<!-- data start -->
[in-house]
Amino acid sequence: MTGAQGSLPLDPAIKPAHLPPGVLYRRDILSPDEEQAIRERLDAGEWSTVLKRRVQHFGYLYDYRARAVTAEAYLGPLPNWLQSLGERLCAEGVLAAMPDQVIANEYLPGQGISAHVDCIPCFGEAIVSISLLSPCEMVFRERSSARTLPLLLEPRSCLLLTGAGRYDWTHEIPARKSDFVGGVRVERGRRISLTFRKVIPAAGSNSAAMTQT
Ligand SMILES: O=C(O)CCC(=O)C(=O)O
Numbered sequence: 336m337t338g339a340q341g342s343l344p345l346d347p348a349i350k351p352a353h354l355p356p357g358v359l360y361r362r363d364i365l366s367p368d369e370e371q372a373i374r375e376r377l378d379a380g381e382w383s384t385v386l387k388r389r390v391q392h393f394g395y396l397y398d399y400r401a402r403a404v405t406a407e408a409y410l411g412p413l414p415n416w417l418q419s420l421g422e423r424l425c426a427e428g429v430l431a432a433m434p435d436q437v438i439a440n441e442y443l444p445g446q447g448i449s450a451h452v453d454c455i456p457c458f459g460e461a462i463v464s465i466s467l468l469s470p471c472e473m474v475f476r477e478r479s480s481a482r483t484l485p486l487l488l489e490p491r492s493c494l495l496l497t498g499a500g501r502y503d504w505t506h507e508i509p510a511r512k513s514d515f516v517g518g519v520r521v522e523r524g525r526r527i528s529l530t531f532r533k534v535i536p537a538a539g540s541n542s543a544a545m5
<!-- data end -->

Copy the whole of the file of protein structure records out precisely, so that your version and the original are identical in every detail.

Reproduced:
[in-house]
Amino acid sequence: MTGAQGSLPLDPAIKPAHLPPGVLYRRDILSPDEEQAIRERLDAGEWSTVLKRRVQHFGYLYDYRARAVTAEAYLGPLPNWLQSLGERLCAEGVLAAMPDQVIANEYLPGQGISAHVDCIPCFGEAIVSISLLSPCEMVFRERSSARTLPLLLEPRSCLLLTGAGRYDWTHEIPARKSDFVGGVRVERGRRISLTFRKVIPAAGSNSAAMTQT
Ligand SMILES: O=C(O)CCC(=O)C(=O)O
Numbered sequence: 336m337t338g339a340q341g342s343l344p345l346d347p348a349i350k351p352a353h354l355p356p357g358v359l360y361r362r363d364i365l366s367p368d369e370e371q372a373i374r375e376r377l378d379a380g381e382w383s384t385v386l387k388r389r390v391q392h393f394g395y396l397y398d399y400r401a402r403a404v405t406a407e408a409y410l411g412p413l414p415n416w417l418q419s420l421g422e423r424l425c426a427e428g429v430l431a432a433m434p435d436q437v438i439a440n441e442y443l444p445g446q447g448i449s450a451h452v453d454c455i456p457c458f459g460e461a462i463v464s465i466s467l468l469s470p471c472e473m474v475f476r477e478r479s480s481a482r483t484l485p486l487l488l489e490p491r492s493c494l495l496l497t498g499a500g501r502y503d504w505t506h507e508i509p510a511r512k513s514d515f516v517g518g519v520r521v522e523r524g525r526r527i528s529l530t531f532r533k534v535i536p537a538a539g540s541n542s543a544a545m5